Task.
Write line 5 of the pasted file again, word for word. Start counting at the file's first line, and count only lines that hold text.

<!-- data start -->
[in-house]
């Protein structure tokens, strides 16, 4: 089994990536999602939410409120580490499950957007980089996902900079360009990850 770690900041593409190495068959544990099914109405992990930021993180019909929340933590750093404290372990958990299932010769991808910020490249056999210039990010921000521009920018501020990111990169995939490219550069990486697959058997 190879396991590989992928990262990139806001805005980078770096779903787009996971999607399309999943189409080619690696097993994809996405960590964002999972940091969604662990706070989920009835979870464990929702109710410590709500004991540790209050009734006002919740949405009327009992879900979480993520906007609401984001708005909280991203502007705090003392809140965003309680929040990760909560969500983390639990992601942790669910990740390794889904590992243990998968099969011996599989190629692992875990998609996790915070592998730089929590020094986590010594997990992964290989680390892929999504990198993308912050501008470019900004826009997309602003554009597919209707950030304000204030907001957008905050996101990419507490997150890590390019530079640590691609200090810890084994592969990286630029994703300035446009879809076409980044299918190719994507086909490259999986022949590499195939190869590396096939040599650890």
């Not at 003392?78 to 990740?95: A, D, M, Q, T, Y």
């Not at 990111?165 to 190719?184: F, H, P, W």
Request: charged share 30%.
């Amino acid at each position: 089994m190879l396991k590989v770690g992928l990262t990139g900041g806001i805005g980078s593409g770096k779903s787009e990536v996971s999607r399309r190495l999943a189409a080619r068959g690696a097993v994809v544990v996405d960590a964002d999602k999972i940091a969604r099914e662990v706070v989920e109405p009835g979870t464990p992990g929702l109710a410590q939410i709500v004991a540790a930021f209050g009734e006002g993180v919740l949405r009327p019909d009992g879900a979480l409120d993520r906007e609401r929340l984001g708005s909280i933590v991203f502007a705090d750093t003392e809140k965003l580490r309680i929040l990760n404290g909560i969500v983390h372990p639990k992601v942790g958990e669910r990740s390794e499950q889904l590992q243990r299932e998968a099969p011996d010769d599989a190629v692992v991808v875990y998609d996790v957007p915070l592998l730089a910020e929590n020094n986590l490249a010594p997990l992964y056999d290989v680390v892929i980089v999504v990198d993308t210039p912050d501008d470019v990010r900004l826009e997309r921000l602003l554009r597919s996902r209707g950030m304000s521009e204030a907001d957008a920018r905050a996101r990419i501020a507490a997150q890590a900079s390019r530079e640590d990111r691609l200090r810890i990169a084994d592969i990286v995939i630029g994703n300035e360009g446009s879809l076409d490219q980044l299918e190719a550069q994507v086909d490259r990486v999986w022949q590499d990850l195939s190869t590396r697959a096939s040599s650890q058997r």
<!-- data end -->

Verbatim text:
Request: charged share 30%.